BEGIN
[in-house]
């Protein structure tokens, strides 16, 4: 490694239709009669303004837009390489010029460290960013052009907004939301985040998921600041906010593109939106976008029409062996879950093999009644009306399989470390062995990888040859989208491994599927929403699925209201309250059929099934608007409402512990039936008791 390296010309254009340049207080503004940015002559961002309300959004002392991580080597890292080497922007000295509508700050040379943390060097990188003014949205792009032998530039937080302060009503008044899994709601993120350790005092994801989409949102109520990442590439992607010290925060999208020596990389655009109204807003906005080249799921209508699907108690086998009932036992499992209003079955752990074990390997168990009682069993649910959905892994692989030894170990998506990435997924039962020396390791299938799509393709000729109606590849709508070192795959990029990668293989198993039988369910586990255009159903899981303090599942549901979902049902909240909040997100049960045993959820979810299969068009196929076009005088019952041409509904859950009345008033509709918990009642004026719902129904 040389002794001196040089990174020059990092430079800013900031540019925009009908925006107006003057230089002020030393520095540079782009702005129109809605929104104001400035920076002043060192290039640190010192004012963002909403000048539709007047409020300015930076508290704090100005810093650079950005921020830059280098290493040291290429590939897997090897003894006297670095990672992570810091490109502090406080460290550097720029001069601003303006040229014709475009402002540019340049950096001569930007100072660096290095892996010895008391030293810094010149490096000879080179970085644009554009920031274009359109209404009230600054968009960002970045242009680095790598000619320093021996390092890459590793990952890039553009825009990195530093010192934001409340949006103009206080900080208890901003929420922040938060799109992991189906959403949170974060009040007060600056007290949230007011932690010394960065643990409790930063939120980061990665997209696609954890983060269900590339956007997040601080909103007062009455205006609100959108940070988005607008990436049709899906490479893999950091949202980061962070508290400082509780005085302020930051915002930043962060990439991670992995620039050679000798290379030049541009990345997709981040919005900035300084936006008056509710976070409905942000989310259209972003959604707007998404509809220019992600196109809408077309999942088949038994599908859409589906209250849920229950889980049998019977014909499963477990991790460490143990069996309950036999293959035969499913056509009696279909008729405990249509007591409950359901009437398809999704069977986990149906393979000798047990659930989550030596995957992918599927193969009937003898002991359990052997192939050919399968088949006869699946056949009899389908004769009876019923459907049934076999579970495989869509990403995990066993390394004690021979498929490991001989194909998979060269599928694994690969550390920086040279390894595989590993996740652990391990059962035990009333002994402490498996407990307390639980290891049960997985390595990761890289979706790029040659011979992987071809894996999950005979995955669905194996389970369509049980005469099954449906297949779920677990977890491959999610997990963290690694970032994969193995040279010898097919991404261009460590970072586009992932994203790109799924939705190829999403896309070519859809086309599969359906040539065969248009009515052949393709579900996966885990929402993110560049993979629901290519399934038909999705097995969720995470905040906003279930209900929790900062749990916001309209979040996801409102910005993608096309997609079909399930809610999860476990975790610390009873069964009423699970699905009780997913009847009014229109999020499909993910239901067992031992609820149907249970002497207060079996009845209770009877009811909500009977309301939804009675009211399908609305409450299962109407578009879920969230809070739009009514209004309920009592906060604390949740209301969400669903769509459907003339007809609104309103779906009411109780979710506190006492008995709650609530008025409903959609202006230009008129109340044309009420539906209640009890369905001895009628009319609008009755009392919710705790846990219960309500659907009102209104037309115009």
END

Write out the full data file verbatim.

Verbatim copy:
[in-house]
């Protein structure tokens, strides 16, 4: 490694239709009669303004837009390489010029460290960013052009907004939301985040998921600041906010593109939106976008029409062996879950093999009644009306399989470390062995990888040859989208491994599927929403699925209201309250059929099934608007409402512990039936008791 390296010309254009340049207080503004940015002559961002309300959004002392991580080597890292080497922007000295509508700050040379943390060097990188003014949205792009032998530039937080302060009503008044899994709601993120350790005092994801989409949102109520990442590439992607010290925060999208020596990389655009109204807003906005080249799921209508699907108690086998009932036992499992209003079955752990074990390997168990009682069993649910959905892994692989030894170990998506990435997924039962020396390791299938799509393709000729109606590849709508070192795959990029990668293989198993039988369910586990255009159903899981303090599942549901979902049902909240909040997100049960045993959820979810299969068009196929076009005088019952041409509904859950009345008033509709918990009642004026719902129904 040389002794001196040089990174020059990092430079800013900031540019925009009908925006107006003057230089002020030393520095540079782009702005129109809605929104104001400035920076002043060192290039640190010192004012963002909403000048539709007047409020300015930076508290704090100005810093650079950005921020830059280098290493040291290429590939897997090897003894006297670095990672992570810091490109502090406080460290550097720029001069601003303006040229014709475009402002540019340049950096001569930007100072660096290095892996010895008391030293810094010149490096000879080179970085644009554009920031274009359109209404009230600054968009960002970045242009680095790598000619320093021996390092890459590793990952890039553009825009990195530093010192934001409340949006103009206080900080208890901003929420922040938060799109992991189906959403949170974060009040007060600056007290949230007011932690010394960065643990409790930063939120980061990665997209696609954890983060269900590339956007997040601080909103007062009455205006609100959108940070988005607008990436049709899906490479893999950091949202980061962070508290400082509780005085302020930051915002930043962060990439991670992995620039050679000798290379030049541009990345997709981040919005900035300084936006008056509710976070409905942000989310259209972003959604707007998404509809220019992600196109809408077309999942088949038994599908859409589906209250849920229950889980049998019977014909499963477990991790460490143990069996309950036999293959035969499913056509009696279909008729405990249509007591409950359901009437398809999704069977986990149906393979000798047990659930989550030596995957992918599927193969009937003898002991359990052997192939050919399968088949006869699946056949009899389908004769009876019923459907049934076999579970495989869509990403995990066993390394004690021979498929490991001989194909998979060269599928694994690969550390920086040279390894595989590993996740652990391990059962035990009333002994402490498996407990307390639980290891049960997985390595990761890289979706790029040659011979992987071809894996999950005979995955669905194996389970369509049980005469099954449906297949779920677990977890491959999610997990963290690694970032994969193995040279010898097919991404261009460590970072586009992932994203790109799924939705190829999403896309070519859809086309599969359906040539065969248009009515052949393709579900996966885990929402993110560049993979629901290519399934038909999705097995969720995470905040906003279930209900929790900062749990916001309209979040996801409102910005993608096309997609079909399930809610999860476990975790610390009873069964009423699970699905009780997913009847009014229109999020499909993910239901067992031992609820149907249970002497207060079996009845209770009877009811909500009977309301939804009675009211399908609305409450299962109407578009879920969230809070739009009514209004309920009592906060604390949740209301969400669903769509459907003339007809609104309103779906009411109780979710506190006492008995709650609530008025409903959609202006230009008129109340044309009420539906209640009890369905001895009628009319609008009755009392919710705790846990219960309500659907009102209104037309115009």